Despite having raised roughly 95 per cent of the money to buy the land on which Riverlea Theatre sits, chair Lois Livingston said there is still a long way to go before reaching the full $460,000.
"Our big concern is we have got very little time to find the rest of that money so we're trying very hard to run more fundraisers to get that last bit in," she said.
At this point Ms Livingston said the theatre had exhausted all of its avenues in terms of funders.
"The question is if we can't quite make the full amount, what is Hamilton City Council going to do?" she asked.
Hamilton City Council has given Riverlea Theatre Trust until June 1 to come up with the money and council's executive director H3 Sean Murray said it was difficult to answer the question.
"Council has resolved to sell the land to Riverlea Theatre at a price and to complete the sale within a certain timeframe," he said.
"We have had no indication to suggest that this arrangement will change," he said.
Councillor Martin Gallagher, a firm supporter of the theatre, said the Riverlea team had made a wonderful effort to raise money in the face of a "hard-hearted council".
Mr Gallagher said he would be seeking an assurance from the chief executive that if the theatre required an extension to the deadline there would be an appropriate report to allow councillors to consider the options.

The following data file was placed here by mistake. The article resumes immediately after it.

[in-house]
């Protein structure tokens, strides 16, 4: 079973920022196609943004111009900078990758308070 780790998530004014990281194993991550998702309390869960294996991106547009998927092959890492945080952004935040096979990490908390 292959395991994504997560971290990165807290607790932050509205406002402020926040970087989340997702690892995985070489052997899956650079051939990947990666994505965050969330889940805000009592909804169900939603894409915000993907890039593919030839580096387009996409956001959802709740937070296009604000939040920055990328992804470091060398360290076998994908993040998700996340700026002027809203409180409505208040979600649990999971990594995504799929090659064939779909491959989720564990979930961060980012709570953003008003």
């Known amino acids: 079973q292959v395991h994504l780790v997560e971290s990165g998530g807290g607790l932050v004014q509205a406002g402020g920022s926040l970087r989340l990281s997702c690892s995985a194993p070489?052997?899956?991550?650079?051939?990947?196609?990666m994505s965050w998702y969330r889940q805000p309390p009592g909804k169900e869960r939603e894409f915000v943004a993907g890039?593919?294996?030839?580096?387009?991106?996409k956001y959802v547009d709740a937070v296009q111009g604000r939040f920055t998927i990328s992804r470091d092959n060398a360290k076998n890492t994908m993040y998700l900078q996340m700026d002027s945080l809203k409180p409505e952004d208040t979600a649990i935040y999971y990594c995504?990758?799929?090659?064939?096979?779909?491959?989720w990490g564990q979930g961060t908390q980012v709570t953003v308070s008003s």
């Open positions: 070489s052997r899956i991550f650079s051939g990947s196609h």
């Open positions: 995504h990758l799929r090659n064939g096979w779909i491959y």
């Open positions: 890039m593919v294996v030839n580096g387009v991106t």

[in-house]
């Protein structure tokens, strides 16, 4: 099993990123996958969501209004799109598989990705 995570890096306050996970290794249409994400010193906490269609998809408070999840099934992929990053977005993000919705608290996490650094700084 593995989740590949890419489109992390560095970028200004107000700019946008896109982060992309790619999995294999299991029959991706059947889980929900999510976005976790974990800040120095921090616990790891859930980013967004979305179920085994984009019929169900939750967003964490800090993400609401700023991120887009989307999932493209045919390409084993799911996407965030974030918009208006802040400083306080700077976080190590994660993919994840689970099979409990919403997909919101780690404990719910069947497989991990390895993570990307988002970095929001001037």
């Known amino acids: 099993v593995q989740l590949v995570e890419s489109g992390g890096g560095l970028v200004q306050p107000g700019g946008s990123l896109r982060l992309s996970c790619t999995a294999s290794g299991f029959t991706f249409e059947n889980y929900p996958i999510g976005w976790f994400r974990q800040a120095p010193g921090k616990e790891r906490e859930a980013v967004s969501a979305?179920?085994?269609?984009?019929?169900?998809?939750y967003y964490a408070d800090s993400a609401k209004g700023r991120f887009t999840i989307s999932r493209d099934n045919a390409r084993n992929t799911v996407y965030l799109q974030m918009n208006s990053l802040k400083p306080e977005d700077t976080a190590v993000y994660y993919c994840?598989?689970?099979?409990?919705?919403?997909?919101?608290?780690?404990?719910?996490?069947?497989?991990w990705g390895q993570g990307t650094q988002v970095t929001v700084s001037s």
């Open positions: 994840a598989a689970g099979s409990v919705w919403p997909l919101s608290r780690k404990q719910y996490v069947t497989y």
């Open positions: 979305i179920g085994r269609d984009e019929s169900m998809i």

"I don't expect staff to adopt any high-noon approach if they don't meet the deadline.
"My view is the council should be generous," he said.
"I contrast the treatment of Riverlea with what I think has been an excellent approach towards the Meteor and Clarence Street Theatre groups.
"However, personally I think Riverlea in the end has a strong interest in owning their land outright for security."
Meteor and Clarence Street theatres were gifted by council to trusts, but council retained ownership of the underlying land.
Deputy mayor Gordon Chesterman said he would support an extension but it was not appropriate to negotiate a deal via the media.
"Lois [Livingston] would need to put an offer on the table ... It's up to the two parties to get together," he said.
"Then staff would bring a recommendation to either a committee or full council," he said.
Despite making roughly $4000 with each fundraiser Ms Livingston said it's barely made a dent in a bill totalling almost half a million dollars.
"All that funding that we've got could be going into projects," she said.
"We are having to take money out of our own building fund that's for our building to upgrade it. That to me is just so sad," she said.
If they make the full amount Ms Livingston believes it will be a hard few years ahead.
"We're not a rich theatre company - there's no such thing as a rich theatre company.
"You don't ask sports people to buy their cricket pavilion or buy the piece of land their cricket pitch is on," she said.
The theatre recently received a boost in the form of a Lottery grant of $212,000.
If you are interested in attending one of the theatre's fundraising events phone 856 5450. If you would like to contribute you can do so at www.givealittle.co.nz/org/riverlea.